What better way to celebrate Valentines Day, right? No, not for the kids, for ME. You really think I’d let my babies eat a whole bunch of sugar on MY watch? No way.
My own blood sugar level is skyrocketing because I:
- Devised a plan to get every child in the class to send in a bag of candy under the guise of materials for a math game.
- Began collecting the candy several days before the planned math games.
- Allowed myself to be left unattended in my classroom with said bags of candy.
- Brought all my edible Valentines gifts home so that I can consume them in the course of a single long weekend.
That’s right, the mound of candy you see pictured above was JUST the crap my kids brought in for our candy math game centers.
This pic shows the fractions game with M&Ms. There was also a mean/mode/median/range game with conversation hearts, and a division game with Skittles. When the kids weren’t looking, I snuck some graphing practice in there, too. These activities were a huge hit and most of the kids used them as legitimate math practice. UPDATED 2/6/10: I had planned to upload the games here for you but can’t find this particular one. I do have a candy hearts math activity I used on Valentine’s Day the previous year.
Only one of the centers was not math related: Compliment Hearts. We brainstormed some specific compliments beforehand, and then the teams set themselves up assembly-line style to write something nice on each person’s construction paper heart. This creates a wonderful keepsake and really does a lot to contribute to a sense of classroom community and a supportive learning environment. We always have a talk before this activity in which I threaten death upon anyone who dares write something rude, but this was the first year in which no one did. WOW. The activity also works well whole-class (give a minute per card, and use a clicker or other noise maker to indicate when to pass to the next person).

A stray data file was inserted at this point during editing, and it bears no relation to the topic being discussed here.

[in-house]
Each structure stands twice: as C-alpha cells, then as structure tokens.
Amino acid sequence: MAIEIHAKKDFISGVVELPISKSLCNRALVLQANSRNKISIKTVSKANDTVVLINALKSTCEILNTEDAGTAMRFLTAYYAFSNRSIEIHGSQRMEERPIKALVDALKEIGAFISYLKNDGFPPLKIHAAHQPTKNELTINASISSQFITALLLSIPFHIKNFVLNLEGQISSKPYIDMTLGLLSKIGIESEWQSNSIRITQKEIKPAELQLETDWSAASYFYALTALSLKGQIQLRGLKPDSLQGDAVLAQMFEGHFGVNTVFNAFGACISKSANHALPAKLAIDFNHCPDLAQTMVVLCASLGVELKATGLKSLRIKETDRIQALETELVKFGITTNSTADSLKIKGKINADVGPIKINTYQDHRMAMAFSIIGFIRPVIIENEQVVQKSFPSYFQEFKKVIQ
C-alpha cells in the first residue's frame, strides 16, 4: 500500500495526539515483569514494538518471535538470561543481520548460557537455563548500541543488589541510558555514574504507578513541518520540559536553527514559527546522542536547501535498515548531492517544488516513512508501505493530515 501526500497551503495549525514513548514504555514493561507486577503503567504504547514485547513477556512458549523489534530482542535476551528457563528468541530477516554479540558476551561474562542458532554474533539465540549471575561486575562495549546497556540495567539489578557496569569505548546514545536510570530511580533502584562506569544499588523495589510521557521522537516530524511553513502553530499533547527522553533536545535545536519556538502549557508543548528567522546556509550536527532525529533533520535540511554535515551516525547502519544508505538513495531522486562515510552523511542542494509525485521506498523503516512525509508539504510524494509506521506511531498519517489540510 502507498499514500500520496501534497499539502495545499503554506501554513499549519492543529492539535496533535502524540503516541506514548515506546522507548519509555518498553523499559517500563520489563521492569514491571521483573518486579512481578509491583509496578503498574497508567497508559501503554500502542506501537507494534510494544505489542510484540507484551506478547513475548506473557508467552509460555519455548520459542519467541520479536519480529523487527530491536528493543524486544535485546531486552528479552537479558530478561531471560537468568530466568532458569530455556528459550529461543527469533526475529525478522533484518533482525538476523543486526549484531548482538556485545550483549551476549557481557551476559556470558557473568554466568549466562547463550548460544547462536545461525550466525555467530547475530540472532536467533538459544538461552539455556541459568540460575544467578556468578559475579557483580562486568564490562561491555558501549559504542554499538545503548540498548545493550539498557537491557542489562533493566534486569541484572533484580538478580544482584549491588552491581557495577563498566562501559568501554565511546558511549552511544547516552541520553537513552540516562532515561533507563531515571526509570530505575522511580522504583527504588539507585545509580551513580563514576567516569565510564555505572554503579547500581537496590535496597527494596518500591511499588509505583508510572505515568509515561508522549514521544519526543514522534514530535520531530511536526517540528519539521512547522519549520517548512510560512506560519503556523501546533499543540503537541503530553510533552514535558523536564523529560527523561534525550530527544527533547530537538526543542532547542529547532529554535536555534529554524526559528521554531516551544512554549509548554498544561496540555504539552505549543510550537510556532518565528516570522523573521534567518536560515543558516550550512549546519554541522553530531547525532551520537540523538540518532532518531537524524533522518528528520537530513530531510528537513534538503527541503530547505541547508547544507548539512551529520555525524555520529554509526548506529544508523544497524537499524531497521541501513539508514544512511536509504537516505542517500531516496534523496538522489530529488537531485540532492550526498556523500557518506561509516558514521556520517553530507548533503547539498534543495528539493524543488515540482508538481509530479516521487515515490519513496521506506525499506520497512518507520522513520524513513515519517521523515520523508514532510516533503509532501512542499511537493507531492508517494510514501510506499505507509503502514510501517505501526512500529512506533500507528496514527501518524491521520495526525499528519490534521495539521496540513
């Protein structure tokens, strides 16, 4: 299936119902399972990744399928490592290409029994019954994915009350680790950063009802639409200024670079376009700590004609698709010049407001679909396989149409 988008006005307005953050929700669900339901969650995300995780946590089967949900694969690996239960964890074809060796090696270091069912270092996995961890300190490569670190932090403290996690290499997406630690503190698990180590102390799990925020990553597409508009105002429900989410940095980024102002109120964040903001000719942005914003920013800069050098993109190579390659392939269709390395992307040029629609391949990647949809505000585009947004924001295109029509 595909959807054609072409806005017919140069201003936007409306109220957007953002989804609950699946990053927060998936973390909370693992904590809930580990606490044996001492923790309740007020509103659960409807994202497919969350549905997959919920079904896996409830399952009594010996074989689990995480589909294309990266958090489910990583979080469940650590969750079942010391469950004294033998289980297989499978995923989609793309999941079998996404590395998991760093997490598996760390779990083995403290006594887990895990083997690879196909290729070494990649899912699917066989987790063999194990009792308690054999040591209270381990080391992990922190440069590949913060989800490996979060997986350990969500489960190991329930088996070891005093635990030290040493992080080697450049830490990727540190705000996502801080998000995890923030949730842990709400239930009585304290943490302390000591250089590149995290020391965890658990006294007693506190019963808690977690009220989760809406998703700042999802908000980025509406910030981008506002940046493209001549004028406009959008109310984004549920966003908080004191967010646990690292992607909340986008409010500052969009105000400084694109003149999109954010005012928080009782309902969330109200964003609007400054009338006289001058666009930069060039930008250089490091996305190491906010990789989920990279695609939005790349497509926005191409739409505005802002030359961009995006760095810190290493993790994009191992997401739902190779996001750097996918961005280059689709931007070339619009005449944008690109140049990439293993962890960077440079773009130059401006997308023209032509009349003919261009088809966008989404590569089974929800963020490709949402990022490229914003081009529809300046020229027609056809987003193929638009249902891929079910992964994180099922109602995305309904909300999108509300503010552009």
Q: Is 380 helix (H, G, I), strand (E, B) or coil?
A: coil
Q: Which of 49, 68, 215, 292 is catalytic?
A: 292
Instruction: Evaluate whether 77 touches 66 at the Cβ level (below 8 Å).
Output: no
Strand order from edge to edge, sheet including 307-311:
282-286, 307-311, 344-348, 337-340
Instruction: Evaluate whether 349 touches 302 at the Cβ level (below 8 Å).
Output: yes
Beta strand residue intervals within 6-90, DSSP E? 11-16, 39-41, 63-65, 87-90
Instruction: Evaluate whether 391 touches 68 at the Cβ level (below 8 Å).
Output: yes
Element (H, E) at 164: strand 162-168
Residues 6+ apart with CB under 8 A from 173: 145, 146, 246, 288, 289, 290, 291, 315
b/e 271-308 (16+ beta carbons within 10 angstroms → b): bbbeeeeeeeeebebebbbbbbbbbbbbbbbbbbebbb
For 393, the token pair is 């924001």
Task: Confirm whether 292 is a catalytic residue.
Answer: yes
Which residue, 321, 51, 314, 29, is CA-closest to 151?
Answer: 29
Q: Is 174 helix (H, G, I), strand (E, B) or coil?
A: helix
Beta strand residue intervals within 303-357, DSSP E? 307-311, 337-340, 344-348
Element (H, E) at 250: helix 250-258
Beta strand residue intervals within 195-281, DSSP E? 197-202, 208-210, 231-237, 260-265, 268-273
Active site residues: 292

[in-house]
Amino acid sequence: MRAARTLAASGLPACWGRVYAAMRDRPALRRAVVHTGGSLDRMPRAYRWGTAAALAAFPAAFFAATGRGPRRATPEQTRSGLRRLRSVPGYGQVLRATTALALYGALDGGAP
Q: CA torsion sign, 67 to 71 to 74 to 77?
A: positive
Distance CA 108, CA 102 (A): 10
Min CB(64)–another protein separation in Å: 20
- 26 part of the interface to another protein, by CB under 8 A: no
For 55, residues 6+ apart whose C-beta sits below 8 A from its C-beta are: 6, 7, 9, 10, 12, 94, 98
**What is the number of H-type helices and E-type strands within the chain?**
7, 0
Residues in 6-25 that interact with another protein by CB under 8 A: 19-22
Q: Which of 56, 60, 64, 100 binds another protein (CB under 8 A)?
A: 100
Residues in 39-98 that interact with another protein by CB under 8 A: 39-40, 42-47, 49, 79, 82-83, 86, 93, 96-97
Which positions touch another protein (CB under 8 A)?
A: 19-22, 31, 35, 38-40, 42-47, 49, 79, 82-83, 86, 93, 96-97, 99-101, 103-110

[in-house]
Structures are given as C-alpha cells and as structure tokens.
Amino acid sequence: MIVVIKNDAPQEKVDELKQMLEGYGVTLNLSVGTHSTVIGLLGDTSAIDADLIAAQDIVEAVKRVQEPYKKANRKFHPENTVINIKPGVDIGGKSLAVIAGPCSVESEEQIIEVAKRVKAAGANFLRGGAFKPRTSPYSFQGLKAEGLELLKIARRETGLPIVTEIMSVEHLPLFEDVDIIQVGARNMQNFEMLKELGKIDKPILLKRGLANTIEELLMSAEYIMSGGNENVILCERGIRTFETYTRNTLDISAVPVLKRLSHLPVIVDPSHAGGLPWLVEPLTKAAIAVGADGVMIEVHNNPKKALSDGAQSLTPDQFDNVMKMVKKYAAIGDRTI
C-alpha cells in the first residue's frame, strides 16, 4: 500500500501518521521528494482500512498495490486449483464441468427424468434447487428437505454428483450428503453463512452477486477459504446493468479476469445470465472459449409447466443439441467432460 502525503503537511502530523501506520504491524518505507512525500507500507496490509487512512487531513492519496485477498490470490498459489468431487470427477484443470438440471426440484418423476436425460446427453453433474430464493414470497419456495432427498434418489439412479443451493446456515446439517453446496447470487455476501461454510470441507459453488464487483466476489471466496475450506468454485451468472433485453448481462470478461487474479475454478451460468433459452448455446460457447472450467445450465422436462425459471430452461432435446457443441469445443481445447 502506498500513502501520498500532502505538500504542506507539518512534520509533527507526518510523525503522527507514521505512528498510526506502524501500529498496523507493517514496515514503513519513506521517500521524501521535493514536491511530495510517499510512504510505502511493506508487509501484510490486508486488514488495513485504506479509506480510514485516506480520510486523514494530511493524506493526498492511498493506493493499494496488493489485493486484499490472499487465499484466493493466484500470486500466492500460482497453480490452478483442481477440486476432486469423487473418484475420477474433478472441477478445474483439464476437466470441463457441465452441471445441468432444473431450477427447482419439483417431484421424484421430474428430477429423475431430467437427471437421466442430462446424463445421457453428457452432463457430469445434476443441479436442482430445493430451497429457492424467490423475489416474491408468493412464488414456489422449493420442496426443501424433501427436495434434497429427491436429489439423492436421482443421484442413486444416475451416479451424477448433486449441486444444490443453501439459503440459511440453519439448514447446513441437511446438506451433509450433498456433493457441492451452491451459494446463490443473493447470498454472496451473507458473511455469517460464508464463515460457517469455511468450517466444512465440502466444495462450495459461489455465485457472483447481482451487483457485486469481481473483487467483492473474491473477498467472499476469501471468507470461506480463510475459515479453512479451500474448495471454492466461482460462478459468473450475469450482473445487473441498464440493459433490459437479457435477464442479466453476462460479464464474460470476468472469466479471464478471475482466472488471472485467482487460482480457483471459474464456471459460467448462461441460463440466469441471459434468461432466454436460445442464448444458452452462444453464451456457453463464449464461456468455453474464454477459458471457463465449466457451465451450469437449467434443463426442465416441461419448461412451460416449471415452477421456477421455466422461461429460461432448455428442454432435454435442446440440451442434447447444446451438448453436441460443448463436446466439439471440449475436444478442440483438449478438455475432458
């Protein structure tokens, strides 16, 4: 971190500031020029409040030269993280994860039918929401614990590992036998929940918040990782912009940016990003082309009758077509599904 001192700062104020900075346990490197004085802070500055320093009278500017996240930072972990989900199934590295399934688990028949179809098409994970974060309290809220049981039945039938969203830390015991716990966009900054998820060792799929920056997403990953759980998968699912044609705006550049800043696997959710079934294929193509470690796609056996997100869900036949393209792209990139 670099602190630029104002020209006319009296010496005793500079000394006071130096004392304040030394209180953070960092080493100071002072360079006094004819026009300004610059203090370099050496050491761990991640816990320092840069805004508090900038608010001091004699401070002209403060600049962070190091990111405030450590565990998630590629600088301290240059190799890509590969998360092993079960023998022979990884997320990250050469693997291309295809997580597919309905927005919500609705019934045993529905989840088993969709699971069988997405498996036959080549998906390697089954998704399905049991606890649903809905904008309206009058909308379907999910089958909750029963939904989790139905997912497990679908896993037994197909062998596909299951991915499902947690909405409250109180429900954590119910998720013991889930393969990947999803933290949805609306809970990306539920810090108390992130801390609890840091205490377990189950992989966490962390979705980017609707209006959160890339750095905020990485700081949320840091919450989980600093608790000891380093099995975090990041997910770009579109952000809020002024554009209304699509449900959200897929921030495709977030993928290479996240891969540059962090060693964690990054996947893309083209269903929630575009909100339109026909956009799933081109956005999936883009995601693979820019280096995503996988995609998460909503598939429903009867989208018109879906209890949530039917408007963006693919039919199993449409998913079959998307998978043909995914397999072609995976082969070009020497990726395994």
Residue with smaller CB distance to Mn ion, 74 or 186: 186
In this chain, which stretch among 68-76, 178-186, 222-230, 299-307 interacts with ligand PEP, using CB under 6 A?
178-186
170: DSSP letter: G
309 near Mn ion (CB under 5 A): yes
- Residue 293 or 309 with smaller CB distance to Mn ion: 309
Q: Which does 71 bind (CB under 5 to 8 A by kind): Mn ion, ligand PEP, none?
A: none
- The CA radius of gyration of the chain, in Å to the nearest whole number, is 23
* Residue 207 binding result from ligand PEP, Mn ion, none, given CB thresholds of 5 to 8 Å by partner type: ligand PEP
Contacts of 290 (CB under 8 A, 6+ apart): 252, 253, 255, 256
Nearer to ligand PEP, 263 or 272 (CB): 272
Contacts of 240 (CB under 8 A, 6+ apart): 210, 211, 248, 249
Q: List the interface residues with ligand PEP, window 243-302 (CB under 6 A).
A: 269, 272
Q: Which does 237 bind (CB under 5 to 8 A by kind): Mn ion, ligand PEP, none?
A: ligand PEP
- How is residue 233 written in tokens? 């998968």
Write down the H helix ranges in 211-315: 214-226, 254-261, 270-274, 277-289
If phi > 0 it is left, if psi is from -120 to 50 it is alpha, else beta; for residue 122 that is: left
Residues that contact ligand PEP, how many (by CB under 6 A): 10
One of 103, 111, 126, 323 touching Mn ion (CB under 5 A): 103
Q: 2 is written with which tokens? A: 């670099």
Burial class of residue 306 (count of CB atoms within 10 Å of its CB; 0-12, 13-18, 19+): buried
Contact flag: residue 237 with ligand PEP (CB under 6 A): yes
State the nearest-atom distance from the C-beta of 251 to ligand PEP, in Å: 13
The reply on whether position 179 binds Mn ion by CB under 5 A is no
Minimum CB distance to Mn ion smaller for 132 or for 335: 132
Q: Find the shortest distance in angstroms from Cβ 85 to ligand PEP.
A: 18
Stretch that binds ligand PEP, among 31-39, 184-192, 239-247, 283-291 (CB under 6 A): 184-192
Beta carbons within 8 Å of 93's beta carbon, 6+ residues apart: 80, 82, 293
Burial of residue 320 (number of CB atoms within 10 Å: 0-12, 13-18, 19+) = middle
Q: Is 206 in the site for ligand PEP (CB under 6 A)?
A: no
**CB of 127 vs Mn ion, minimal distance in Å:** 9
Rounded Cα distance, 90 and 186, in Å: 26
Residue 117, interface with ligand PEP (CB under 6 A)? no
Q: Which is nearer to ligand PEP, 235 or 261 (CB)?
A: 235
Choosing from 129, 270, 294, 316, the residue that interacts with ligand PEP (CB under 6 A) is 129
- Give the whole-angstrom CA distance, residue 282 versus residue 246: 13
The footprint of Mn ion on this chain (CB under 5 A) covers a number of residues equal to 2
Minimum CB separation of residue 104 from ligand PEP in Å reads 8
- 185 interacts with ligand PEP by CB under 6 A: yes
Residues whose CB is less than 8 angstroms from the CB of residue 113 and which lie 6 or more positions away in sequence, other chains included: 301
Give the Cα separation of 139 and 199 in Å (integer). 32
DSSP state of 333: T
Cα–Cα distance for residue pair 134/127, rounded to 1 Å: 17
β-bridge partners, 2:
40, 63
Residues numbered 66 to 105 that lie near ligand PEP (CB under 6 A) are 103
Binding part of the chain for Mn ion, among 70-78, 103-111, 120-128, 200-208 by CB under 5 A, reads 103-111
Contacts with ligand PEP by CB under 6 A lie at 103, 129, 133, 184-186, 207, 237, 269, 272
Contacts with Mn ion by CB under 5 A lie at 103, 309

The kids decorated these bags for morning work (an assignment far preferable to the typical expository essay practice). We ate lunch in the classroom and watched a movie (usual Friday routine for those who do their homework all week), and I let the kids deliver their valentines into the bags at a back table while the others munched. Right before dismissal, I had a student helper staple all the bags shut and distribute them. That’s right, the reading of valentines was not to commence until after dismissal. This was the first year I’ve done that, and I feel a little bad about taking some of the fun out of valentines, but my patience expenditure was in the red from the candy centers.
Here’s my personal haul. You can see my own compliment heart in the middle. Most of the kids asserted that I was the “best techer ever” (debatable, judging by their spelling skills), but one child wrote “You’re the best teacher I’ve had so far.” Well. At least he’s not making any hasty proclamations. It must be pretty hard to determine who’s the best teacher ever when you’re only 9.
Overall, a successful day. And you get to read about it directly afterward because I’m stuck at the airport waiting for my delayed flight to New York. Don’t worry–I tucked some Starbursts into my bag in case my blood sugar level gets too low.
Happy Valentines Day!
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